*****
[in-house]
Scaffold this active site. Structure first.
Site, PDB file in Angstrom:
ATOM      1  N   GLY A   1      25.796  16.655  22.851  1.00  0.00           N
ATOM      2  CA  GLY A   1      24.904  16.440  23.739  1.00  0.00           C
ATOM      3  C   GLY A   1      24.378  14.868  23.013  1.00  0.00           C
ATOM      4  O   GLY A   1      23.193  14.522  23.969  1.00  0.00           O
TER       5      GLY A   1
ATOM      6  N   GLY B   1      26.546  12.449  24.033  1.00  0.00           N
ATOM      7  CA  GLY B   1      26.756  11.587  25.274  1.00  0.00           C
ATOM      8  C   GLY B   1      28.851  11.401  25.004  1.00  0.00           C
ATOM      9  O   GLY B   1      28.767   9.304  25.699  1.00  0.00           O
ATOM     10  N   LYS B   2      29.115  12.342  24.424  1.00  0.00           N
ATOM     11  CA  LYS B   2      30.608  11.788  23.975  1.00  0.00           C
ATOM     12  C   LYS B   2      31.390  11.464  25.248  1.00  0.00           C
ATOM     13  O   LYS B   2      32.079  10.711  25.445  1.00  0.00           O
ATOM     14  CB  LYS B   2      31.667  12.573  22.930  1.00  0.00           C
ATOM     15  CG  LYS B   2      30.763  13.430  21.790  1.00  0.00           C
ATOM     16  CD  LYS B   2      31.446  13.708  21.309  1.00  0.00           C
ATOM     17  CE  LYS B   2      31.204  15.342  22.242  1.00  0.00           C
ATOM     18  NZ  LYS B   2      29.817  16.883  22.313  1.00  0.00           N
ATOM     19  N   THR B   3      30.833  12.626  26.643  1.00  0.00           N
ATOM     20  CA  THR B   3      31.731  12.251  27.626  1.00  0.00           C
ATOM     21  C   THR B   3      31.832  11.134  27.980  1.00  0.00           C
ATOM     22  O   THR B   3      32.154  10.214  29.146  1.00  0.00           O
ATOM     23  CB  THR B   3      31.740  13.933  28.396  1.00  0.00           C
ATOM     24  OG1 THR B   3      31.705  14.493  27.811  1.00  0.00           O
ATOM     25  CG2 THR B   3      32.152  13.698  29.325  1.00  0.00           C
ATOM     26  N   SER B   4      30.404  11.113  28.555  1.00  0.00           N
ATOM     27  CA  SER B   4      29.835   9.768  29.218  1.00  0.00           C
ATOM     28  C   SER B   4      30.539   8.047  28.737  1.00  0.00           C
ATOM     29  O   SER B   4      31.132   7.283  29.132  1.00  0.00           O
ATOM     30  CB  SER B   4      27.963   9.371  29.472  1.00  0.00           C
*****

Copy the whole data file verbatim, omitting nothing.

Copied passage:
[in-house]
Scaffold this active site. Structure first.
Site, PDB file in Angstrom:
ATOM      1  N   GLY A   1      25.796  16.655  22.851  1.00  0.00           N
ATOM      2  CA  GLY A   1      24.904  16.440  23.739  1.00  0.00           C
ATOM      3  C   GLY A   1      24.378  14.868  23.013  1.00  0.00           C
ATOM      4  O   GLY A   1      23.193  14.522  23.969  1.00  0.00           O
TER       5      GLY A   1
ATOM      6  N   GLY B   1      26.546  12.449  24.033  1.00  0.00           N
ATOM      7  CA  GLY B   1      26.756  11.587  25.274  1.00  0.00           C
ATOM      8  C   GLY B   1      28.851  11.401  25.004  1.00  0.00           C
ATOM      9  O   GLY B   1      28.767   9.304  25.699  1.00  0.00           O
ATOM     10  N   LYS B   2      29.115  12.342  24.424  1.00  0.00           N
ATOM     11  CA  LYS B   2      30.608  11.788  23.975  1.00  0.00           C
ATOM     12  C   LYS B   2      31.390  11.464  25.248  1.00  0.00           C
ATOM     13  O   LYS B   2      32.079  10.711  25.445  1.00  0.00           O
ATOM     14  CB  LYS B   2      31.667  12.573  22.930  1.00  0.00           C
ATOM     15  CG  LYS B   2      30.763  13.430  21.790  1.00  0.00           C
ATOM     16  CD  LYS B   2      31.446  13.708  21.309  1.00  0.00           C
ATOM     17  CE  LYS B   2      31.204  15.342  22.242  1.00  0.00           C
ATOM     18  NZ  LYS B   2      29.817  16.883  22.313  1.00  0.00           N
ATOM     19  N   THR B   3      30.833  12.626  26.643  1.00  0.00           N
ATOM     20  CA  THR B   3      31.731  12.251  27.626  1.00  0.00           C
ATOM     21  C   THR B   3      31.832  11.134  27.980  1.00  0.00           C
ATOM     22  O   THR B   3      32.154  10.214  29.146  1.00  0.00           O
ATOM     23  CB  THR B   3      31.740  13.933  28.396  1.00  0.00           C
ATOM     24  OG1 THR B   3      31.705  14.493  27.811  1.00  0.00           O
ATOM     25  CG2 THR B   3      32.152  13.698  29.325  1.00  0.00           C
ATOM     26  N   SER B   4      30.404  11.113  28.555  1.00  0.00           N
ATOM     27  CA  SER B   4      29.835   9.768  29.218  1.00  0.00           C
ATOM     28  C   SER B   4      30.539   8.047  28.737  1.00  0.00           C
ATOM     29  O   SER B   4      31.132   7.283  29.132  1.00  0.00           O
ATOM     30  CB  SER B   4      27.963   9.371  29.472  1.00  0.00           C